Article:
November 29, 2006

A Mighty Wind

Art Fag City: Ahtila's shattering installation looks at culture's impact on female identity

By Paddy Johnson

Suffering for more than her art: A sequence from Eija-Liisa Ahtila's The Wind, the first exhibition of her media work in an NYC museum (Photo: Eija-Liisa Ahtila)

There is something very strange about a narration of madness that remains lucid enough to sound vaguely reasonable. Much like Sylvia Plath's novel The Bell Jar or The Yellow Wallpaper by Charlotte Perkins Gilman, the protagonist in Finnish video artist and photographer Eija-Liisa Ahtila's short three-screen film installation The Wind maintains a sympathetic relationship with the audience because her strange behavior is situated as both having evolved from a place of rationality and as a reaction to culturally imposed pressures we are all familiar with. "[I make] moving images of stories that have already happened" Ahtila said last month, aptly describing her work to The New York Times.

The statement speaks to the nature of storytelling itself as well as the artist's research, which involves funneling the experiences of women she has interviewed into her videos. After having seen Javier Téllez's 2004 film La Passion de Jeanne d'Arc, which features laborious monologues by 12 female psychiatric patients, I'm quite certain the process is more tedious than it is illuminating. But what separates The Wind from such films exploring female psychology and the cultural expectations that women be meek, body-conscious and sexually submissive, is not that it tells us something we don't already know, but rather that it sensitizes us to those expectations' profound effects. In doing so, the artist creates a surprisingly complex portrait of female identity and the fractured psychology of the disturbed.

Part of the artist's larger 35mm feature-length film Love Is a Treasure (which comprises five discrete narratives about women and screens twice this month at MoMA,) The Wind depicts a young college student's nervous breakdown by piecing together a series of imagined and real events. As such, do not expect a narrative that moves fluidly from one point to another. Closer to a delusional stream of consciousness, the film maintains some semblance of chronology, but there is no way to know for certain if even the biographical information presented or basic behavioral difficulties are fabricated: She describes herself as a child who developed slowly and did not perform well in school; her family members yell with ease although she cannot; she compulsively bites her hands and believes she is fat and lives in filth. Sounding the words, "The rebellion starts," the film subsequently recounts a series of (presumably) imagined events witnessing her breakdown: Three young teenager girls break into her apartment to pass judgment on her housekeeping abilities. A young man named Wallach moves in and irons her newspapers in silence. Finally, she crawls up the wall of her apartment, improbably perching herself in its corner.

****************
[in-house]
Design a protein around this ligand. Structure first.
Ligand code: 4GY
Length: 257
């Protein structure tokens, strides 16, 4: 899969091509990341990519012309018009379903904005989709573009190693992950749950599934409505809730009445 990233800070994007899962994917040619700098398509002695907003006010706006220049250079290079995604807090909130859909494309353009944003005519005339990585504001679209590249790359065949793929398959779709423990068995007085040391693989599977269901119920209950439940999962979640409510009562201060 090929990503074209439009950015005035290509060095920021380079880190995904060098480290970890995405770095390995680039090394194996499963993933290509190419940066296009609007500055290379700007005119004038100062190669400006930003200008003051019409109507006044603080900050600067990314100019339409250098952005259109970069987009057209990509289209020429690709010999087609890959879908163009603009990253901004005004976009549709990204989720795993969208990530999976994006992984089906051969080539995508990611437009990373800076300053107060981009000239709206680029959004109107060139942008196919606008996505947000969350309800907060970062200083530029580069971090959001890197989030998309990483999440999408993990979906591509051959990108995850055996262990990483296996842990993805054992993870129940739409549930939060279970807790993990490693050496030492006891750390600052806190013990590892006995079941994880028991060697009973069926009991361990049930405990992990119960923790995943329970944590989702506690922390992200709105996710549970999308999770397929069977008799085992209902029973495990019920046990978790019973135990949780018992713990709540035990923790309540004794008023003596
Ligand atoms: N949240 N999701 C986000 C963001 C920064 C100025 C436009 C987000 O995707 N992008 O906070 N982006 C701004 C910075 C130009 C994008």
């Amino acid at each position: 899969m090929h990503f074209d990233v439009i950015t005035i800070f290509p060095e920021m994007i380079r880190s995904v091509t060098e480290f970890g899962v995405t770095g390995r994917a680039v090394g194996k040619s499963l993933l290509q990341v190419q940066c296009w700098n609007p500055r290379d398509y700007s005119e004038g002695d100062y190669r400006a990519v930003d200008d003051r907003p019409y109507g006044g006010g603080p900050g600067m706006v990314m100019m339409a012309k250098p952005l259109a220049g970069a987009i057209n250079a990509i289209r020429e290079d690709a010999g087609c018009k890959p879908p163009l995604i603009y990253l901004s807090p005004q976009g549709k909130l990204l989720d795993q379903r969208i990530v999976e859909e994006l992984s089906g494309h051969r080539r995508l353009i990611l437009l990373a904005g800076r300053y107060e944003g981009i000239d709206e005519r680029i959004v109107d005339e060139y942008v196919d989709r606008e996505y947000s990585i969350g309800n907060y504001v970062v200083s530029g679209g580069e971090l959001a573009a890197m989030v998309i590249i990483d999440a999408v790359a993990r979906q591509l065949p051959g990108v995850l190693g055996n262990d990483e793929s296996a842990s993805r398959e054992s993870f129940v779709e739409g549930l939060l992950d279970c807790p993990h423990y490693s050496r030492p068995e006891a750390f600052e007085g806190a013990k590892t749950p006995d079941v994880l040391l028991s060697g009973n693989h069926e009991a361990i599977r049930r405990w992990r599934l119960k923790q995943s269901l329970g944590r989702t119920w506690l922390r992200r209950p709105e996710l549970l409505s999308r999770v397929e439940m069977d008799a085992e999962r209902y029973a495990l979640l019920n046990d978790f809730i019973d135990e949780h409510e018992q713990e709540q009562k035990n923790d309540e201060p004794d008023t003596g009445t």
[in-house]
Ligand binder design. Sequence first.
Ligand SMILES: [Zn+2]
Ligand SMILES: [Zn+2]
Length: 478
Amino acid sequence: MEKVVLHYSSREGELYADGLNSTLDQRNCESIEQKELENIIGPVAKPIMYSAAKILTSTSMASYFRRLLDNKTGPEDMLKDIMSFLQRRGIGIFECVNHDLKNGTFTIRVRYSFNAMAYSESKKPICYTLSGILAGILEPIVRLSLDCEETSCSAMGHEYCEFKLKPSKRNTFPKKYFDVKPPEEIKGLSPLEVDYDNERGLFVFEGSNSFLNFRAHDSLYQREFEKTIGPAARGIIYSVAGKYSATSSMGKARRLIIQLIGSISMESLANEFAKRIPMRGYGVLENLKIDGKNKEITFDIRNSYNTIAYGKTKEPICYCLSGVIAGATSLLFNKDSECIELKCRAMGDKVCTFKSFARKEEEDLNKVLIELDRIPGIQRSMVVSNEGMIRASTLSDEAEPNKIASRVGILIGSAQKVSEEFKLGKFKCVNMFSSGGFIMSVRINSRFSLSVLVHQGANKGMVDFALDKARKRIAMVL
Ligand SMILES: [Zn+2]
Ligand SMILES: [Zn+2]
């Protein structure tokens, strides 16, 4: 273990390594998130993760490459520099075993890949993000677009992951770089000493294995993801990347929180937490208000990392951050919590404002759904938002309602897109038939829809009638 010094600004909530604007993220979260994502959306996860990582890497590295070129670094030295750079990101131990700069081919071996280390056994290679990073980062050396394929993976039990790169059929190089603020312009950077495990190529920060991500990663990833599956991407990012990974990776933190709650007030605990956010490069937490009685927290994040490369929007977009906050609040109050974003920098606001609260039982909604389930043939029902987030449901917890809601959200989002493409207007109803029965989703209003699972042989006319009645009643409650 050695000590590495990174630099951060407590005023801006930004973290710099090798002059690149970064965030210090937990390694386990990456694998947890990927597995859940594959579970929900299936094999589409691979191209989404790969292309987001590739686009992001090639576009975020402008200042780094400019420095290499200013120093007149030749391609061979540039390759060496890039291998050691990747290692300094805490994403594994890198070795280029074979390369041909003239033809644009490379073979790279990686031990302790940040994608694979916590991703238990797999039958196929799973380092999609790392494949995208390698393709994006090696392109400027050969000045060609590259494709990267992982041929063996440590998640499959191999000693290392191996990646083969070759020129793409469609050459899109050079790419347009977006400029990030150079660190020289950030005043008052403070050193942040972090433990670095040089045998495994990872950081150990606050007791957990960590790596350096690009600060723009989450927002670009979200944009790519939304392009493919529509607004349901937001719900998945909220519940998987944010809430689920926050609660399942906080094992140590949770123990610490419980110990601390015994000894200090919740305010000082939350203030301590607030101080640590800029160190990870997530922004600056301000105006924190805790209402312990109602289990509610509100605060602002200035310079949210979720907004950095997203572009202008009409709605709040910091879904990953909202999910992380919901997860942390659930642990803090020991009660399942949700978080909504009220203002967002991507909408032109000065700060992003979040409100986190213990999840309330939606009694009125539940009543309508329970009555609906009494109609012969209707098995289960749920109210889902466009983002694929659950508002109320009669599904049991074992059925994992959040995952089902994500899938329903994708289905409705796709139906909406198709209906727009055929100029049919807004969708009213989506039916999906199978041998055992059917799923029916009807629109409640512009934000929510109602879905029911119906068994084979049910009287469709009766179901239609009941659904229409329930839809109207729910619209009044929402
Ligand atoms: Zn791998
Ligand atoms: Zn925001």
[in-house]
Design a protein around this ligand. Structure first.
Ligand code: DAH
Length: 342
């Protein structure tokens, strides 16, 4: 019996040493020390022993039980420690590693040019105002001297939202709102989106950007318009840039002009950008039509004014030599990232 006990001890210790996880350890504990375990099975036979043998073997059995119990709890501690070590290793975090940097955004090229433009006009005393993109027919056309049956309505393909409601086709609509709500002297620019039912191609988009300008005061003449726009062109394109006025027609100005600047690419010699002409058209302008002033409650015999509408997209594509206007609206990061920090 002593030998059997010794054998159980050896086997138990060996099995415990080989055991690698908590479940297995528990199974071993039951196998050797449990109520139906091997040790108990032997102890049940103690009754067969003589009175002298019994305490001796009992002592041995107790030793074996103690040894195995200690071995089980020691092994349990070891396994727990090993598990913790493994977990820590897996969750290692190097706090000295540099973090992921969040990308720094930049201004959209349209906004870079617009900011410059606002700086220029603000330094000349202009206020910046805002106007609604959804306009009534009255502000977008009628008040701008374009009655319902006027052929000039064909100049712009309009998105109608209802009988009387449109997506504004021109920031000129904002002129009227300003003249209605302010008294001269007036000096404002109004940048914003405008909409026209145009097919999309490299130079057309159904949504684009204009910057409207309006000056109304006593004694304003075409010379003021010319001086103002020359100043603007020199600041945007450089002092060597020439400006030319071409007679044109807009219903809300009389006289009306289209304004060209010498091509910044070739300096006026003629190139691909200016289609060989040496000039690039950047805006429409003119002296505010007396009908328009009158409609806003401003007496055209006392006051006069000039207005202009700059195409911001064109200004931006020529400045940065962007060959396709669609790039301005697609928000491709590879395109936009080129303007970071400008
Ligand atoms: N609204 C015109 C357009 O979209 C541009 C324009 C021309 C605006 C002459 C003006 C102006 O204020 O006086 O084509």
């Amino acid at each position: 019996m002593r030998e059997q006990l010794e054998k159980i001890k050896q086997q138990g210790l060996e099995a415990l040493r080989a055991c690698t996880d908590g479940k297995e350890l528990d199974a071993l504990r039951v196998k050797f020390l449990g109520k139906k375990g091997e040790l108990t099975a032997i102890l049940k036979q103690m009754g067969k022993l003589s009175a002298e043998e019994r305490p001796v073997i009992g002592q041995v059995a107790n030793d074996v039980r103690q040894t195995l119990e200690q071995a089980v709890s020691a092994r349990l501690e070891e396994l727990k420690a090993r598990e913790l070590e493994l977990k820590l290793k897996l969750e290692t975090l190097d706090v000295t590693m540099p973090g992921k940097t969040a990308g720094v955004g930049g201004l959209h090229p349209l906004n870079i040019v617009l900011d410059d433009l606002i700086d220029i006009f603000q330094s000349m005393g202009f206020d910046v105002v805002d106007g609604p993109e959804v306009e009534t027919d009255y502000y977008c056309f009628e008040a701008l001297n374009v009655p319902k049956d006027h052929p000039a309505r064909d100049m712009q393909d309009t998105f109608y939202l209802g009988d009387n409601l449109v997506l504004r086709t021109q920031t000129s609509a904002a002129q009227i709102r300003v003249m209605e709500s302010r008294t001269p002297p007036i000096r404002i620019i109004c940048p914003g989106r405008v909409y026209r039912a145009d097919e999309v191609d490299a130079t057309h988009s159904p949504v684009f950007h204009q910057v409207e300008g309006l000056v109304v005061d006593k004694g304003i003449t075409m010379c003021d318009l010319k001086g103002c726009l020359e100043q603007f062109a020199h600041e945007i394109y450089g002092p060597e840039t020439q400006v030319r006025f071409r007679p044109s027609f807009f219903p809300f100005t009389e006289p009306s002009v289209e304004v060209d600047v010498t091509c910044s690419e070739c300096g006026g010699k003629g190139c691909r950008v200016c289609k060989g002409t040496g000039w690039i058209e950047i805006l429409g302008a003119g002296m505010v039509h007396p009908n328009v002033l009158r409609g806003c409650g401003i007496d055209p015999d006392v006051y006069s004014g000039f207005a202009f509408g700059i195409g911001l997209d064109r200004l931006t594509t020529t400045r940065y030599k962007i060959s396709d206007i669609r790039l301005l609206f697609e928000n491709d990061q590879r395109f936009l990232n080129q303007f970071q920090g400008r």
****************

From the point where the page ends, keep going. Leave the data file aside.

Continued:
Normally, the fact that the main character ends up miraculously suspended on a wall in a catatonic state would seem a little overdone for my tastes, but because the protagonist has spent the better part of the movie arranging garbage on her wall, the sequence suggests that she literally becomes the junk she obsesses over. The film doesn't solicit an overwhelming amount of empathy, but does create a rather creepy scenario.

Not that the whole film feels that way; the reason we make a connection to this character at all is because she's not wholly out to lunch. In a lucid moment that takes place outside of her apartment she reveals, "I rather thought I would become a psychiatrist myself, not the other way around." This seemingly inconsequential thought speaks to a seldom discussed aspect of girl culture, which often involves either imagining or being told by your girlfriends that your skills of empathy and listening are such that you would make an excellent therapist. Its inclusion is important, because it provides a balanced look at behaviors that are relatively benign in addition to those that can weigh significantly on a woman's psyche.

And herein lies the real achievement of The Wind: it never degenerates into an exposé on societal norms. By crediting the audience with enough intelligence to identify that items such as lipstick, hot pants and china signify expected behaviors, it frees Ahtila to investigate individual response. In one scene the protagonist places a heart-shaped vial in her mouth before stomping on it, suggesting she has a tender relationship with the beauty items she chooses to destroy. We care, not because it reinforces the feminist framework that contextualizes the work, but because her actions, no matter how bizarre, are well-thought out and unique to her. The fact that she can be engaging, damaged as she is, not only maintains the attention of audience, but inspires deeper reflection.

Paddy Johnson is the editor of the NYC art blog Art Fag City.

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Comments (1)

what is the music in this film?

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